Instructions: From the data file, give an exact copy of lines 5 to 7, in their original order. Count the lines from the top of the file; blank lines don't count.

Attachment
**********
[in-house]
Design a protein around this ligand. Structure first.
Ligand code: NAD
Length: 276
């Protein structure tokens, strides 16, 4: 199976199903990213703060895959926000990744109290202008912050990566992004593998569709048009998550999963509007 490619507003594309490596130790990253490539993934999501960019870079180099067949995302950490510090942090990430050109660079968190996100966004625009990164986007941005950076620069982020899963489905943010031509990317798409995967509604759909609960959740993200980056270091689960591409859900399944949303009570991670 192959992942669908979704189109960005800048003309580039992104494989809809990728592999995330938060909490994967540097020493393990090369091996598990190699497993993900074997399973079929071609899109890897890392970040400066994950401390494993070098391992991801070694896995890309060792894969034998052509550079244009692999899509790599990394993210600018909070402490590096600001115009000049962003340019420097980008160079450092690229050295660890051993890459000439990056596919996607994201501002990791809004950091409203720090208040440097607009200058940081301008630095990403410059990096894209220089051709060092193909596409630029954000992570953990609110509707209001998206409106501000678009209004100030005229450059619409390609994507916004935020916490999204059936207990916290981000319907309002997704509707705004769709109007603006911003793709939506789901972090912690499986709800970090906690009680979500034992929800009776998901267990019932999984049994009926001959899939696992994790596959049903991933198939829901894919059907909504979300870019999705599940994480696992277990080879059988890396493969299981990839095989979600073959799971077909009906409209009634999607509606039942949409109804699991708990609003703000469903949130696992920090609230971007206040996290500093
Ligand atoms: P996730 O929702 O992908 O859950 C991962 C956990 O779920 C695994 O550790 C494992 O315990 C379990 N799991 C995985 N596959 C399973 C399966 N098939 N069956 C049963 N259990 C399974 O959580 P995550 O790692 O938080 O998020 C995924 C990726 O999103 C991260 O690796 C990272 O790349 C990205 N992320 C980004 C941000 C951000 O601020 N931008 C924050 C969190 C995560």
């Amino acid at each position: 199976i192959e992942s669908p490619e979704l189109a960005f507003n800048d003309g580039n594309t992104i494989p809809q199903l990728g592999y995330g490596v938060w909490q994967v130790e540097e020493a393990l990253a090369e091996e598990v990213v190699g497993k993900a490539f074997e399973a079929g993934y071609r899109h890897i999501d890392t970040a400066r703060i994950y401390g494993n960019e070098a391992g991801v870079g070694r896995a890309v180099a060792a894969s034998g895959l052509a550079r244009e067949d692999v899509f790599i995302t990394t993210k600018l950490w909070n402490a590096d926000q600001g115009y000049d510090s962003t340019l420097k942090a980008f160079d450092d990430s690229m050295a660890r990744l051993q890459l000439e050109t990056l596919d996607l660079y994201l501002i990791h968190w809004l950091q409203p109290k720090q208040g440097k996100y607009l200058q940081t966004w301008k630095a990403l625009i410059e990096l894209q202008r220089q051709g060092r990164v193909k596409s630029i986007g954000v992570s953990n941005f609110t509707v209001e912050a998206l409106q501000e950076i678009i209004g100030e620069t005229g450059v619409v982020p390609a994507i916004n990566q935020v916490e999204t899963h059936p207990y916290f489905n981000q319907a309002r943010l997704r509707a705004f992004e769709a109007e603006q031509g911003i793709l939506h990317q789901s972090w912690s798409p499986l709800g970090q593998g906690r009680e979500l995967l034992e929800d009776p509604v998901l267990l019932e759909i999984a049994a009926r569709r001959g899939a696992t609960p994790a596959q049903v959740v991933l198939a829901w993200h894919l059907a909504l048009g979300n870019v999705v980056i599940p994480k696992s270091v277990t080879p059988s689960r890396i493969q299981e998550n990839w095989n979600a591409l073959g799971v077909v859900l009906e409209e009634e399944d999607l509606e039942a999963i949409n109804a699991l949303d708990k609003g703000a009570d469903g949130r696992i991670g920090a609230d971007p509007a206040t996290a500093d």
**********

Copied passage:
């Protein structure tokens, strides 16, 4: 199976199903990213703060895959926000990744109290202008912050990566992004593998569709048009998550999963509007 490619507003594309490596130790990253490539993934999501960019870079180099067949995302950490510090942090990430050109660079968190996100966004625009990164986007941005950076620069982020899963489905943010031509990317798409995967509604759909609960959740993200980056270091689960591409859900399944949303009570991670 192959992942669908979704189109960005800048003309580039992104494989809809990728592999995330938060909490994967540097020493393990090369091996598990190699497993993900074997399973079929071609899109890897890392970040400066994950401390494993070098391992991801070694896995890309060792894969034998052509550079244009692999899509790599990394993210600018909070402490590096600001115009000049962003340019420097980008160079450092690229050295660890051993890459000439990056596919996607994201501002990791809004950091409203720090208040440097607009200058940081301008630095990403410059990096894209220089051709060092193909596409630029954000992570953990609110509707209001998206409106501000678009209004100030005229450059619409390609994507916004935020916490999204059936207990916290981000319907309002997704509707705004769709109007603006911003793709939506789901972090912690499986709800970090906690009680979500034992929800009776998901267990019932999984049994009926001959899939696992994790596959049903991933198939829901894919059907909504979300870019999705599940994480696992277990080879059988890396493969299981990839095989979600073959799971077909009906409209009634999607509606039942949409109804699991708990609003703000469903949130696992920090609230971007206040996290500093
Ligand atoms: P996730 O929702 O992908 O859950 C991962 C956990 O779920 C695994 O550790 C494992 O315990 C379990 N799991 C995985 N596959 C399973 C399966 N098939 N069956 C049963 N259990 C399974 O959580 P995550 O790692 O938080 O998020 C995924 C990726 O999103 C991260 O690796 C990272 O790349 C990205 N992320 C980004 C941000 C951000 O601020 N931008 C924050 C969190 C995560």
């Amino acid at each position: 199976i192959e992942s669908p490619e979704l189109a960005f507003n800048d003309g580039n594309t992104i494989p809809q199903l990728g592999y995330g490596v938060w909490q994967v130790e540097e020493a393990l990253a090369e091996e598990v990213v190699g497993k993900a490539f074997e399973a079929g993934y071609r899109h890897i999501d890392t970040a400066r703060i994950y401390g494993n960019e070098a391992g991801v870079g070694r896995a890309v180099a060792a894969s034998g895959l052509a550079r244009e067949d692999v899509f790599i995302t990394t993210k600018l950490w909070n402490a590096d926000q600001g115009y000049d510090s962003t340019l420097k942090a980008f160079d450092d990430s690229m050295a660890r990744l051993q890459l000439e050109t990056l596919d996607l660079y994201l501002i990791h968190w809004l950091q409203p109290k720090q208040g440097k996100y607009l200058q940081t966004w301008k630095a990403l625009i410059e990096l894209q202008r220089q051709g060092r990164v193909k596409s630029i986007g954000v992570s953990n941005f609110t509707v209001e912050a998206l409106q501000e950076i678009i209004g100030e620069t005229g450059v619409v982020p390609a994507i916004n990566q935020v916490e999204t899963h059936p207990y916290f489905n981000q319907a309002r943010l997704r509707a705004f992004e769709a109007e603006q031509g911003i793709l939506h990317q789901s972090w912690s798409p499986l709800g970090q593998g906690r009680e979500l995967l034992e929800d009776p509604v998901l267990l019932e759909i999984a049994a009926r569709r001959g899939a696992t609960p994790a596959q049903v959740v991933l198939a829901w993200h894919l059907a909504l048009g979300n870019v999705v980056i599940p994480k696992s270091v277990t080879p059988s689960r890396i493969q299981e998550n990839w095989n979600a591409l073959g799971v077909v859900l009906e409209e009634e399944d999607l509606e039942a999963i949409n109804a699991l949303d708990k609003g703000a009570d469903g949130r696992i991670g920090a609230d971007p509007a206040t996290a500093d």